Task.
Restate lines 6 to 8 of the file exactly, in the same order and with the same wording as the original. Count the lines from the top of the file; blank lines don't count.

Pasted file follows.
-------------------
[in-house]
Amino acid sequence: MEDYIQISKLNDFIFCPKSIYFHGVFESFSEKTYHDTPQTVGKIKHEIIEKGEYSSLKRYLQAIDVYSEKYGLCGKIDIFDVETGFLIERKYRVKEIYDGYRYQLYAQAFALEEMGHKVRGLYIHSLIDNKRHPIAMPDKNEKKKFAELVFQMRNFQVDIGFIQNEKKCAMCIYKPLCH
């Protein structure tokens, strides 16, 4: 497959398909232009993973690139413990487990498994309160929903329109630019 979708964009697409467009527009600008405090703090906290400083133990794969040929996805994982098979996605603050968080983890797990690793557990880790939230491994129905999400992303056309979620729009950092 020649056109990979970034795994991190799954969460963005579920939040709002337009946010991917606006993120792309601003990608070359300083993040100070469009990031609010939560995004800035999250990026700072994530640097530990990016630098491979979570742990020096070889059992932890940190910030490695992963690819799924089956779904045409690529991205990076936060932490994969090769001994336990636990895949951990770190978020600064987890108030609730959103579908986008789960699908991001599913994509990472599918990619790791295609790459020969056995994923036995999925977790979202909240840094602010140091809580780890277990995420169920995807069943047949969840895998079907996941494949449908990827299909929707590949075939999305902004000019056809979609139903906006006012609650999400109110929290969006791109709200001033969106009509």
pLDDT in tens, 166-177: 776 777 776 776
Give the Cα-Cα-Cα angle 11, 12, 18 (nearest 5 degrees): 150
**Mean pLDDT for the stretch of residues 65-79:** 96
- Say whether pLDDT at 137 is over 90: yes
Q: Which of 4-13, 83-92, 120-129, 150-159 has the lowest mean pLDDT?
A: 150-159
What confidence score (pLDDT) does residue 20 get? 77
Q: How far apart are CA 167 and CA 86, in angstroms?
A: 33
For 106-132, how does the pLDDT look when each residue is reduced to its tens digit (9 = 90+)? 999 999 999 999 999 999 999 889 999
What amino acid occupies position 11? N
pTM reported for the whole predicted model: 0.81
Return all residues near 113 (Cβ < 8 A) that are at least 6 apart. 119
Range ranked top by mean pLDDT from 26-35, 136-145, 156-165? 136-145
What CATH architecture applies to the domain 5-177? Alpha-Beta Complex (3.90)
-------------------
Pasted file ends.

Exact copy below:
**Mean pLDDT for the stretch of residues 65-79:** 96
- Say whether pLDDT at 137 is over 90: yes
Q: Which of 4-13, 83-92, 120-129, 150-159 has the lowest mean pLDDT?